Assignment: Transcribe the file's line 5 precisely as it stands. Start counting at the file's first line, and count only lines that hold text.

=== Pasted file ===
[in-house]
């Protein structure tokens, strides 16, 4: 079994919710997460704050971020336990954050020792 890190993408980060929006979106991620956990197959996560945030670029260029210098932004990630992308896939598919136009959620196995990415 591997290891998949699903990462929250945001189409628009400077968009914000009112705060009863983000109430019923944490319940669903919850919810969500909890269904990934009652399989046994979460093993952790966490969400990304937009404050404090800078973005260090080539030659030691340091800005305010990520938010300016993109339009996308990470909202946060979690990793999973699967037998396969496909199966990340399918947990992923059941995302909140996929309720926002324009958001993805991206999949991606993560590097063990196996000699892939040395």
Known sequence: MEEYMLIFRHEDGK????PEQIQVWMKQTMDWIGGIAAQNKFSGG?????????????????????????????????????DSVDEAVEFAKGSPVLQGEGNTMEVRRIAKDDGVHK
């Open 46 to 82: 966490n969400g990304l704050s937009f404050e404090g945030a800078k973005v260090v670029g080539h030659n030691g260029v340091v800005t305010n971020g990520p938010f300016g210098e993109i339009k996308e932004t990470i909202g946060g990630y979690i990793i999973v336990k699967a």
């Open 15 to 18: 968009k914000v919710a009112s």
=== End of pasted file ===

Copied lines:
């Open 15 to 18: 968009k914000v919710a009112s």